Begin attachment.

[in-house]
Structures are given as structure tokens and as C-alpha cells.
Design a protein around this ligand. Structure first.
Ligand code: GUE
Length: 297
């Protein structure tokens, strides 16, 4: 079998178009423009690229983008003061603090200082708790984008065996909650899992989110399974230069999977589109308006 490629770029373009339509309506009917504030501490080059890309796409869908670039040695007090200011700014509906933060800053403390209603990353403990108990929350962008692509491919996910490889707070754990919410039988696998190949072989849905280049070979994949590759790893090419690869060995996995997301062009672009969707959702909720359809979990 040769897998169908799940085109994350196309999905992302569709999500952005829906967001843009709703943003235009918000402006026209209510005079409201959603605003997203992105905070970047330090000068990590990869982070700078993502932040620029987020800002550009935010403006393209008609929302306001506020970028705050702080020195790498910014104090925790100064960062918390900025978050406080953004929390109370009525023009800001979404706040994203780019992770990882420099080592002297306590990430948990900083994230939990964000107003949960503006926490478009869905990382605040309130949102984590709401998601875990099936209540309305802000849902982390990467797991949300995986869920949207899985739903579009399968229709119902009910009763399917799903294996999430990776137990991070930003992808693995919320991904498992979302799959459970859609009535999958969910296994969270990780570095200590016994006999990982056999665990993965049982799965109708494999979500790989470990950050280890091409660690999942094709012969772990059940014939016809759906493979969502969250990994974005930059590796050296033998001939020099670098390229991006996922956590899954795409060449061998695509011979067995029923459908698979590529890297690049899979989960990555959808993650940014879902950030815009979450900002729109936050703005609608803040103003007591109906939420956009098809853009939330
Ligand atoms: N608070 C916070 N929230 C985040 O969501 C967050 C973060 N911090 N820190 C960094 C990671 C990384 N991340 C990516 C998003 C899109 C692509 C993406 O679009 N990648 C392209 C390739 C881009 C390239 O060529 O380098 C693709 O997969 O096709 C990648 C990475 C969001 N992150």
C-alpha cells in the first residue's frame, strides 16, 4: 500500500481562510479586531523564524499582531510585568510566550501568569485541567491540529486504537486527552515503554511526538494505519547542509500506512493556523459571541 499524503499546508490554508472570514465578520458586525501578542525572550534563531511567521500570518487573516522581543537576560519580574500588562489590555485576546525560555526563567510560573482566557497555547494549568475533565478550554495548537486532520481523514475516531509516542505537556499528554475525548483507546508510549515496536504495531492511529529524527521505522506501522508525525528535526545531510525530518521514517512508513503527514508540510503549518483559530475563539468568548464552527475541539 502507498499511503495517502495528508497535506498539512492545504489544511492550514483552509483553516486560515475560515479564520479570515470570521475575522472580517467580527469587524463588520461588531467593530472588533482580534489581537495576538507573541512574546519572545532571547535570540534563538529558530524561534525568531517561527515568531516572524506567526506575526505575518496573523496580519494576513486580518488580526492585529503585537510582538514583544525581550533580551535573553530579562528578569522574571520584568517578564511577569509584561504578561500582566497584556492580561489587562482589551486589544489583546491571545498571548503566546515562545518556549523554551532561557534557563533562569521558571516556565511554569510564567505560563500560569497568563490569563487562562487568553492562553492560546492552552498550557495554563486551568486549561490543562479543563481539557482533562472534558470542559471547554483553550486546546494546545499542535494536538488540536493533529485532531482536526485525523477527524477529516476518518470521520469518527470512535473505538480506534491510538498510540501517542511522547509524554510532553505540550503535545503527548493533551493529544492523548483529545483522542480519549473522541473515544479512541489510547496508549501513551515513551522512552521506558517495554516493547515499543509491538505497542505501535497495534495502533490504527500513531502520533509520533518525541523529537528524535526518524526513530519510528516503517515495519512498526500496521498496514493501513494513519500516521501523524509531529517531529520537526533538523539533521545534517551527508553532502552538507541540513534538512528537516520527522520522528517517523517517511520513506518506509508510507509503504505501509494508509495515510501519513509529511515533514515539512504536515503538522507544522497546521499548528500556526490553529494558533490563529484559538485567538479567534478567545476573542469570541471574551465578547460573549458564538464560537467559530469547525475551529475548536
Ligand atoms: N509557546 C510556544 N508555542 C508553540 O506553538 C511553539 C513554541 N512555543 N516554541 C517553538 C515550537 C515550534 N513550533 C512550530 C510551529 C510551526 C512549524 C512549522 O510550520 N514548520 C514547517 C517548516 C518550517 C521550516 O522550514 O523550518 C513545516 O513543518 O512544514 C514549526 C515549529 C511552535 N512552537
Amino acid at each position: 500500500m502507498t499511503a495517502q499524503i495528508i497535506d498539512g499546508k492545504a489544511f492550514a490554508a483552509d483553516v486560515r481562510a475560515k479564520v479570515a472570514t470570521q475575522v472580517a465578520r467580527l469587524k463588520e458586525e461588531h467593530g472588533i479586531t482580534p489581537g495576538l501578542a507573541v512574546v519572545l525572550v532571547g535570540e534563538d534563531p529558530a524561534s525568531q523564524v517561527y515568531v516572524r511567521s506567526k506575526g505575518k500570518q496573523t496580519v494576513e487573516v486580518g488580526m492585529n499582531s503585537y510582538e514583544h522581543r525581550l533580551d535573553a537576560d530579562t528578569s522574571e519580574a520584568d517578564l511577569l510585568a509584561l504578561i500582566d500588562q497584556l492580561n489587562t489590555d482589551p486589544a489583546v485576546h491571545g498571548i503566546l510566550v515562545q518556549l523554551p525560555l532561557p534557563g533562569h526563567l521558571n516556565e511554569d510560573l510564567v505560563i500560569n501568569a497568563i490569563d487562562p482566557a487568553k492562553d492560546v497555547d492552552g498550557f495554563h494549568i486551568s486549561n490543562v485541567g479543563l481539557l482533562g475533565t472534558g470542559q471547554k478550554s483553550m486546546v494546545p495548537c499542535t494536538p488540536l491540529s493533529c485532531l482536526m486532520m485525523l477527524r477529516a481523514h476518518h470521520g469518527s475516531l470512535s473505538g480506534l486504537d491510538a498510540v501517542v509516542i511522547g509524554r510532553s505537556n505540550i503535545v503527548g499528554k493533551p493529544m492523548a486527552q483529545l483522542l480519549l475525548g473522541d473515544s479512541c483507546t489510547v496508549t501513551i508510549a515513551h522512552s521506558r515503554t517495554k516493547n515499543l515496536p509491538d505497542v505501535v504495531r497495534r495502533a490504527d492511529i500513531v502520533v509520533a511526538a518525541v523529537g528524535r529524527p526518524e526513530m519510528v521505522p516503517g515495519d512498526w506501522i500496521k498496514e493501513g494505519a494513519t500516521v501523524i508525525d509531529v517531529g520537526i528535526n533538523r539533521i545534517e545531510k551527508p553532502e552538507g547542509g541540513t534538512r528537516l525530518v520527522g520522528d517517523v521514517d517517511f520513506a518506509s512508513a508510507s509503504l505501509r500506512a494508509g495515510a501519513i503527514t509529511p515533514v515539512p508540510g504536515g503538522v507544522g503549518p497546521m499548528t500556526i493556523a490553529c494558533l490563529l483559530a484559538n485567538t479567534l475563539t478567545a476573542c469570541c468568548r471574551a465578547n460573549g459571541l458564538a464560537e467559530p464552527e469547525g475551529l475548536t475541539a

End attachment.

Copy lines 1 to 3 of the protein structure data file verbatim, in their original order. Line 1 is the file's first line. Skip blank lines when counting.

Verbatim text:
[in-house]
Structures are given as structure tokens and as C-alpha cells.
Design a protein around this ligand. Structure first.